Chick Endor (né Charles Knapton Jr.) was a cabaret and revue artist, a crooner who was very popular in New York and London in the late '20s and early '30s. Nevertheless, hardly any biographical information is available. According to The Milwaukee Sentinel he died on September 1st, 1941, aged only 47, "(...) in a Miami Beach hospital, after a long illness. For many years he teamed on the stage with Charles Farrell. The pair toured the world and gave a command performance before King George V in London. (...)". This brilliant record was made in 1929. The uncredited studio orchestra was led by Leonard Joy.
Strictly nothing is known about this British band that only recorded one single disc in 1928. Only the vocalist Eddie Grossbart is identifiable. Whoever is playing, these are excellent musicians anyway.
Unfortunately, I found no information at all about this excellent 1920s dance and jazz band, sometimes credited as Mike Markel, Markels on other occasions. Visual material (photos, publicity, sheet music...) was equally unavailable. This excellent record was made in 1926. Vocal by Arthur Hall.
This fabulous, but short-lived band was a group from Savannah. The orchestra broke up in 1928 after playing for two weeks in Brooklyn at the Rosemont Ballroom. Pianist Alonzo Ross was the leader, but a special mention deserves Robert Cloud. Although sadly forgotten today, he was an outstanding" saxophonist, pianist bandleader, composer and arranger. Active in the late 1920s and the early 1930s, he was often credited with leading his own group, and at other times as a sideman in groups with such diverse names as the Georgia Jumpers, The QRS Boys, The Grand Central Red Cap Quartet, and last but not least the Ross De Luxe Syncopaters. This record was made in 1927. The vocalist is Margret Miller.
Unfortunately I could hardly find any information about this bandleader who led several orchestras like Sam Robbins' Baltimoreans, Sam Robbins & His Hotel McAllpin Orchestra. Any additional information is welcomed. This is one of the sides he recorded in the mid-thirties, more particularly 1934. The vocalist is Robbins himself.
Carl Fenton Orchestra was a Brunswick studio band through the 20s. The name was invented by Brunswick music director "Gus" Haenschen. Later, the name was taken by violinist Rudy Greenberg. The earliest songs recorded in 1919. Brunswick Records released many "Carl Fenton" records, with various line-ups of musicians. The band was typically led by Haenschen in the studio, but was led by studio musician/conductor Reuben "Rudy" Greenberg during their occasional concerts. Around the time that Haenschen left Brunswick Records in mid-1927, Greenberg purchased the rights to the Carl Fenton name. From 1928-1930 Greenberg was musical director for Gennett Records, where he recorded as "Carl Fenton’s New Yorkers". In 1932, Greenberg had his name legally changed to Carl Fenton. He continued to work as a music director for radio and theaters till his death in 1942. Fenton died in 1980. This great record was made in 1930, with an uncredited vocalist, who might be Les Reis.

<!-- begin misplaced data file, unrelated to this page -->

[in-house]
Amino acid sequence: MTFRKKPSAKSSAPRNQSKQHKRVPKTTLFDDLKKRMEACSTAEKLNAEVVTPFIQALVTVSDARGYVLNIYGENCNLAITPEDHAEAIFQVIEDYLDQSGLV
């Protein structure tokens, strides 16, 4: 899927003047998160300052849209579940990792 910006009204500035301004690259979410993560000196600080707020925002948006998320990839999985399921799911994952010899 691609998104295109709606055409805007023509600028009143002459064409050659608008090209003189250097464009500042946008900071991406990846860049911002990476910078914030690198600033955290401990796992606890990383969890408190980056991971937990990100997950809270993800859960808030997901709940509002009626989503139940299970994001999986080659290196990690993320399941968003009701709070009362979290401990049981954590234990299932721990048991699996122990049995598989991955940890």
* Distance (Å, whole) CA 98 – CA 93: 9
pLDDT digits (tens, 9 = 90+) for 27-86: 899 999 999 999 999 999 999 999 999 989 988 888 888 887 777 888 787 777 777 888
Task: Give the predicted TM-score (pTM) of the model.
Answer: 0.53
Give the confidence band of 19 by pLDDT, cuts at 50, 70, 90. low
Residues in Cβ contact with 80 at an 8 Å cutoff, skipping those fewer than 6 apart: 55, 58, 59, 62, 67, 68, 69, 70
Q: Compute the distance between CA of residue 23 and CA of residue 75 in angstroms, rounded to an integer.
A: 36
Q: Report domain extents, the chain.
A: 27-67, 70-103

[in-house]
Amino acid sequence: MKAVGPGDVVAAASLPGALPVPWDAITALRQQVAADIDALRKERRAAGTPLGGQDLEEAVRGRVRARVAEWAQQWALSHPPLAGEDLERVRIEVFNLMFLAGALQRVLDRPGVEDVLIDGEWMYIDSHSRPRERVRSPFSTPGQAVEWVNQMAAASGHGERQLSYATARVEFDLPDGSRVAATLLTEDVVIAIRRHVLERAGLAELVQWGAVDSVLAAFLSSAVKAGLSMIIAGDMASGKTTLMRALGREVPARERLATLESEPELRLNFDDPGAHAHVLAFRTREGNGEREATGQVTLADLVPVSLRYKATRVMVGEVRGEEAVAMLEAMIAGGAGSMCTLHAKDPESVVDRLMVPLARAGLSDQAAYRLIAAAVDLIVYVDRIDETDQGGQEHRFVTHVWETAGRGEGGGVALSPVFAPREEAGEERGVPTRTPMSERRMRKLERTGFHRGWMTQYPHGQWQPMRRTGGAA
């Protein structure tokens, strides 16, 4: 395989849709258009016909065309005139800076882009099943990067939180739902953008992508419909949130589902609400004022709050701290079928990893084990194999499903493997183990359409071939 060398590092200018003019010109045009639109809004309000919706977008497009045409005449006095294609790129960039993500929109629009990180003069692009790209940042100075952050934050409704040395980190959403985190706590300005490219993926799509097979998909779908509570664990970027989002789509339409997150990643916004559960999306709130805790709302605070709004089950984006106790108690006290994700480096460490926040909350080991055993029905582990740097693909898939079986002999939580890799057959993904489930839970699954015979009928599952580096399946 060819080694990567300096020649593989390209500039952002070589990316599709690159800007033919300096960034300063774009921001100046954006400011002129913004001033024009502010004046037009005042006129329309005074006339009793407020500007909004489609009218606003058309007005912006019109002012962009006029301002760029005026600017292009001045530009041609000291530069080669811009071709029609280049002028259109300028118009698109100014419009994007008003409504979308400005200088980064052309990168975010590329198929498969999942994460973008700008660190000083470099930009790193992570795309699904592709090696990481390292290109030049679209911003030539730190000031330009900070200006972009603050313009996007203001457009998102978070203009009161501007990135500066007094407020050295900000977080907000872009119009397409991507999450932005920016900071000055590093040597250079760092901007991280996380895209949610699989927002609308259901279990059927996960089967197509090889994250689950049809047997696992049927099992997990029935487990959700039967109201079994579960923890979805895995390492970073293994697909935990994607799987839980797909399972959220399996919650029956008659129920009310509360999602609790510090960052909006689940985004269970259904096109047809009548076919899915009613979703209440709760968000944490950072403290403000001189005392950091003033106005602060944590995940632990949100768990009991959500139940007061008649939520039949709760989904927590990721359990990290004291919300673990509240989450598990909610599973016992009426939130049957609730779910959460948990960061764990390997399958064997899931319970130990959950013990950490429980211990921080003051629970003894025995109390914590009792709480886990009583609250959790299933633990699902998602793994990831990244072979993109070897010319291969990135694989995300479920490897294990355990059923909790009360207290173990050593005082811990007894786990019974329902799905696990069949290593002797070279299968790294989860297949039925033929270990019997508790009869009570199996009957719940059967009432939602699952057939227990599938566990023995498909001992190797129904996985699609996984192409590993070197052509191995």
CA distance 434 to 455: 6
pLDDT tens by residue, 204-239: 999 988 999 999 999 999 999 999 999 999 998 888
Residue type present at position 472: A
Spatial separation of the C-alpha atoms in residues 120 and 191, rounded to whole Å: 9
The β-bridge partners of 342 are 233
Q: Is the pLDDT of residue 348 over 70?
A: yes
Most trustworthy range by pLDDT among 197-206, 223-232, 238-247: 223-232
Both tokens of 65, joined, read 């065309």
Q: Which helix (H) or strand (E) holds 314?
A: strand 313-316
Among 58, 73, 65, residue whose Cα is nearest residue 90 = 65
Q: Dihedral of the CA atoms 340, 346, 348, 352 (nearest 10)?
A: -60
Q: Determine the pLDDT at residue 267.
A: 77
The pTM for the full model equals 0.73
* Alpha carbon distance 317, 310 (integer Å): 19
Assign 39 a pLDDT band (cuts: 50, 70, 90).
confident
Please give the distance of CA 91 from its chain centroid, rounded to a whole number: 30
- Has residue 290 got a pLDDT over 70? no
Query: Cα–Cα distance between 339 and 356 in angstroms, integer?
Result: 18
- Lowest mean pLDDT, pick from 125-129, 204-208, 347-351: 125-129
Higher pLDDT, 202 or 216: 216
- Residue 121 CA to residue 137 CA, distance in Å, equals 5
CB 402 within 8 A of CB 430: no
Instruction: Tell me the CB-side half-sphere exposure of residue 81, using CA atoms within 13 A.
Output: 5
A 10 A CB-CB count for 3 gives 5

This rather obscure orchestra, led by Irvin Talbot is hardly known today, and extremely little data are available. Nevertheless, this is an excellent record waxed in 1931, featuring a vocal by Frank Parker (né Ciccio, 1903-1999), who was was an American singer and television personality. Frank Parker began his singing career as a tenor in 1926 and appeared with Harry Horlick's orchestra in 1933. He was a regular on radio and television in the 1930s, 1940s and 1950s with personalities including Jack Benny, George Burns and Arthur Godfrey. He was the host of the 1950s TV show Bride and Groom and a panelist on The Masquerade Party. The 1950s saw Parker become a member of the Little Godfreys cast of singers on Arthur Godfrey Time and Arthur Godfrey And His Friends until around 1956. He also appeared in several movies including Romance in the Rain (1934), Sweet Surrender (1935) and Paris Follies of 1956.
Athos C. (Ace) Brigode (1893-1960) was a US dance band leader, who was especially popular in the 20s. His band started 1921 as Ace Brigode & His 10 Virginians, and was later renamed Ace Brigode & His 14 Virginians; this name stuck although the band varied between 9 to 19 members. The band played in "Collegiate Hot" style that to many people exemplifies the music of the "Roaring 20s". The most noted musician who played with Brigode was trombonist Abe Lincoln. Brigode hosted the White Rose Gasoline Show on radio, featuring his band. Brigode himself played violin and clarinet, but mostly acted as master of ceremonies. The band toured widely around the States. Brigode kept the band current with newer style arrangements in to the early swing music era, before disbanding the group in 1945. After this Ace Brigode worked as promotions manager for Cleveland, Ohio's Chippewa Lake Park, and did TV commercial voice work. This excellent record was made in 1925.